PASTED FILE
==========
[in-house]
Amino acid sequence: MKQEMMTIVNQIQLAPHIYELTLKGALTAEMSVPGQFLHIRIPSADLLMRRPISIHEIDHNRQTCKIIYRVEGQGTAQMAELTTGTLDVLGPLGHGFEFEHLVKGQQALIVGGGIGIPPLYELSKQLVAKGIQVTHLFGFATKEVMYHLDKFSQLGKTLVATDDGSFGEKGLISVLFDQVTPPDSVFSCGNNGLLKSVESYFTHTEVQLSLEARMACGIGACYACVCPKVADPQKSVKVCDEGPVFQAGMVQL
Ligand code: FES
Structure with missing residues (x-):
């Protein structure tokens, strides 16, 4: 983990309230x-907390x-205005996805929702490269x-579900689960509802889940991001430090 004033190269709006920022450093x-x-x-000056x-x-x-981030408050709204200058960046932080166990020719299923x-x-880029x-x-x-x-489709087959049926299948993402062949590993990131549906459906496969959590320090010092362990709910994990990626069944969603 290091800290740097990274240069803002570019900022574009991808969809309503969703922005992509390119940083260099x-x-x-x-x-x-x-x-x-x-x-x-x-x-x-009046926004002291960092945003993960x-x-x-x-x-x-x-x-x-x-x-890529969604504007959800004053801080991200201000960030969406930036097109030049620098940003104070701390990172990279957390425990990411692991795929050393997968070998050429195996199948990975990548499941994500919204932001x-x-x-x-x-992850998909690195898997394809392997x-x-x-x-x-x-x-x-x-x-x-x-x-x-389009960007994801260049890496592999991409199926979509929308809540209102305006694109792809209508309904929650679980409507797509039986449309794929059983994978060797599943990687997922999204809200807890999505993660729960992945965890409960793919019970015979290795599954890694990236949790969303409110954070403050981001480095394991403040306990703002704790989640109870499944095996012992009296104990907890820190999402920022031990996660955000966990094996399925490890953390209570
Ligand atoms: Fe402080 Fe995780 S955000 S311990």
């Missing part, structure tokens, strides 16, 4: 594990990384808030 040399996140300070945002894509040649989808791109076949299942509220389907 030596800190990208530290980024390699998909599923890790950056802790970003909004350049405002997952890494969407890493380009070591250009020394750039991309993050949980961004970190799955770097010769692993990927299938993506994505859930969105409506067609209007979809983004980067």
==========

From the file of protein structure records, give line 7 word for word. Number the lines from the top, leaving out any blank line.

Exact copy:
């Missing part, structure tokens, strides 16, 4: 594990990384808030 040399996140300070945002894509040649989808791109076949299942509220389907 030596800190990208530290980024390699998909599923890790950056802790970003909004350049405002997952890494969407890493380009070591250009020394750039991309993050949980961004970190799955770097010769692993990927299938993506994505859930969105409506067609209007979809983004980067």